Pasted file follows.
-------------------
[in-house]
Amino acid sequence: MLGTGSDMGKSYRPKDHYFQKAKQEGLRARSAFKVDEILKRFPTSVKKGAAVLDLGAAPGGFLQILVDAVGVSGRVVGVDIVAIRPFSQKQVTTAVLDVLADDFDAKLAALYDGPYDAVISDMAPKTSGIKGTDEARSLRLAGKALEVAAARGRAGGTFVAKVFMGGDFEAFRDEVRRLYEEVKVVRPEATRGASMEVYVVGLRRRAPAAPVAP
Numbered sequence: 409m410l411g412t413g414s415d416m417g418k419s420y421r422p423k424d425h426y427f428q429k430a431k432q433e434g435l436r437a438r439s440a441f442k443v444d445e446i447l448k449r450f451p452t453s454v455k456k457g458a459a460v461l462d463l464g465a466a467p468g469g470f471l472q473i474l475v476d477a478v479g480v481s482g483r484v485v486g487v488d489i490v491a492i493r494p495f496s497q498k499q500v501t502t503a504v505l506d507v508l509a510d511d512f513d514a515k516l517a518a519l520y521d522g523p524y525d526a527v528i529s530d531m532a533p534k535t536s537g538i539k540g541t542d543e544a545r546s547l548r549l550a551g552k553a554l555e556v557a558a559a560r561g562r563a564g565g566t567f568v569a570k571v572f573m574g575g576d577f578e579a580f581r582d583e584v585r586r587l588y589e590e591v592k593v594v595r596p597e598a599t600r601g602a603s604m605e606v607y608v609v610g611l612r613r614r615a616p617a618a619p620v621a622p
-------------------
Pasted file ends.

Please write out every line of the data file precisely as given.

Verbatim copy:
[in-house]
Amino acid sequence: MLGTGSDMGKSYRPKDHYFQKAKQEGLRARSAFKVDEILKRFPTSVKKGAAVLDLGAAPGGFLQILVDAVGVSGRVVGVDIVAIRPFSQKQVTTAVLDVLADDFDAKLAALYDGPYDAVISDMAPKTSGIKGTDEARSLRLAGKALEVAAARGRAGGTFVAKVFMGGDFEAFRDEVRRLYEEVKVVRPEATRGASMEVYVVGLRRRAPAAPVAP
Numbered sequence: 409m410l411g412t413g414s415d416m417g418k419s420y421r422p423k424d425h426y427f428q429k430a431k432q433e434g435l436r437a438r439s440a441f442k443v444d445e446i447l448k449r450f451p452t453s454v455k456k457g458a459a460v461l462d463l464g465a466a467p468g469g470f471l472q473i474l475v476d477a478v479g480v481s482g483r484v485v486g487v488d489i490v491a492i493r494p495f496s497q498k499q500v501t502t503a504v505l506d507v508l509a510d511d512f513d514a515k516l517a518a519l520y521d522g523p524y525d526a527v528i529s530d531m532a533p534k535t536s537g538i539k540g541t542d543e544a545r546s547l548r549l550a551g552k553a554l555e556v557a558a559a560r561g562r563a564g565g566t567f568v569a570k571v572f573m574g575g576d577f578e579a580f581r582d583e584v585r586r587l588y589e590e591v592k593v594v595r596p597e598a599t600r601g602a603s604m605e606v607y608v609v610g611l612r613r614r615a616p617a618a619p620v621a622p